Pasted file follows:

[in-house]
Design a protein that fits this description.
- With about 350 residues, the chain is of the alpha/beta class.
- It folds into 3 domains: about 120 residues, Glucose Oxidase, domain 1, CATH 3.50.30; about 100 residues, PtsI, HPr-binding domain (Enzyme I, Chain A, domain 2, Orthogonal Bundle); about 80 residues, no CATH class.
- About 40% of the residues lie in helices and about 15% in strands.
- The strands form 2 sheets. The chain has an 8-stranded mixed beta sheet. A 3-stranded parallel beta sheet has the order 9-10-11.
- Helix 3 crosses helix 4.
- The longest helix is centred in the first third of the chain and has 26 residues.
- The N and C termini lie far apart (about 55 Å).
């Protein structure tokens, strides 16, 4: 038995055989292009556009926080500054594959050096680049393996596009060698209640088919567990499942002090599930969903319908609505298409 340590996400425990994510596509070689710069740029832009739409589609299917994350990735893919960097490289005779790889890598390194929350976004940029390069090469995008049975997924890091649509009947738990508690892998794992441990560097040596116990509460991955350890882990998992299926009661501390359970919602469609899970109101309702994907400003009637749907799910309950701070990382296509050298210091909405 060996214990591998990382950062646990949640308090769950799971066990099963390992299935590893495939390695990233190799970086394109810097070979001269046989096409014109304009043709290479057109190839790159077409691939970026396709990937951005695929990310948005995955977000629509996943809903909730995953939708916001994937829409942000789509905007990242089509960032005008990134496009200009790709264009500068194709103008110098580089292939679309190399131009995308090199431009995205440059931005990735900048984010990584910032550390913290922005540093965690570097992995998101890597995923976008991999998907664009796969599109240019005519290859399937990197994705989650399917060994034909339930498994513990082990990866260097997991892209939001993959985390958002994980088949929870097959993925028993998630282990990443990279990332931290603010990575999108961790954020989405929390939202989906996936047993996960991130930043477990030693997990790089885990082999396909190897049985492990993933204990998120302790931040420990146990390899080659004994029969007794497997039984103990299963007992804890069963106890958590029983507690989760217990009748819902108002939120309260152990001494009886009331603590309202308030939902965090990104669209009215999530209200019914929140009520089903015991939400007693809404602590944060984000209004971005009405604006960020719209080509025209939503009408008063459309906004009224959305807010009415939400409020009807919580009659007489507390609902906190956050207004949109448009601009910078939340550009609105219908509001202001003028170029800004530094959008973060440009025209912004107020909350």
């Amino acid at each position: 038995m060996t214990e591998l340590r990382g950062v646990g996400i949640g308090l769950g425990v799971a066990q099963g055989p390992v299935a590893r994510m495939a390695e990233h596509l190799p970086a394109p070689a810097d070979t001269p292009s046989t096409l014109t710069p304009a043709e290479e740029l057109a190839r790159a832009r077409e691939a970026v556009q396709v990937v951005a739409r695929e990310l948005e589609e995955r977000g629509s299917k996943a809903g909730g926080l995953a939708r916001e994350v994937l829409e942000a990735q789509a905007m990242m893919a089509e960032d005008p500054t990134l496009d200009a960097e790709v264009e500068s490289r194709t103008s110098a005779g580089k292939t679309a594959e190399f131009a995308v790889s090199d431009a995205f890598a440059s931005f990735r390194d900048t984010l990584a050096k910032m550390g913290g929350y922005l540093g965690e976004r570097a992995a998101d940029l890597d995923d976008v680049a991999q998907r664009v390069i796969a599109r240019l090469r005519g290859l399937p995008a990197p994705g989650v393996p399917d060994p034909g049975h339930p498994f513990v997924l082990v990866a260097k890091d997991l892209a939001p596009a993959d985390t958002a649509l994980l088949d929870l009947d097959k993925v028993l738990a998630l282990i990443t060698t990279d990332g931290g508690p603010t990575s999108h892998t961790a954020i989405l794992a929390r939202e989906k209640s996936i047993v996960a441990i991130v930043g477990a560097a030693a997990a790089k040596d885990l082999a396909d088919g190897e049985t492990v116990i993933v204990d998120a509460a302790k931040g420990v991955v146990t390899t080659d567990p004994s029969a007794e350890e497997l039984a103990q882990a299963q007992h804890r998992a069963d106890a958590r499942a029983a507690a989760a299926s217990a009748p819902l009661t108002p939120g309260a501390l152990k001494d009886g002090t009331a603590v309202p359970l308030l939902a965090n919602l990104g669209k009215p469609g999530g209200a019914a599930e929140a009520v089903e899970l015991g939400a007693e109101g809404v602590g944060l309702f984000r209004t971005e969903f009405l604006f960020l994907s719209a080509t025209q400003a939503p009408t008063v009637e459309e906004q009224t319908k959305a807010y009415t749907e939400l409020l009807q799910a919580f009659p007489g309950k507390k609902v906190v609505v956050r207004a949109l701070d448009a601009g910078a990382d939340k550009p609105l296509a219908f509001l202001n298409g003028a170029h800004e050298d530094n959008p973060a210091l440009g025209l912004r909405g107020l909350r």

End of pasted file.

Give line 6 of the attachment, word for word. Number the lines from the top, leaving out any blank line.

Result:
- The strands form 2 sheets. The chain has an 8-stranded mixed beta sheet. A 3-stranded parallel beta sheet has the order 9-10-11.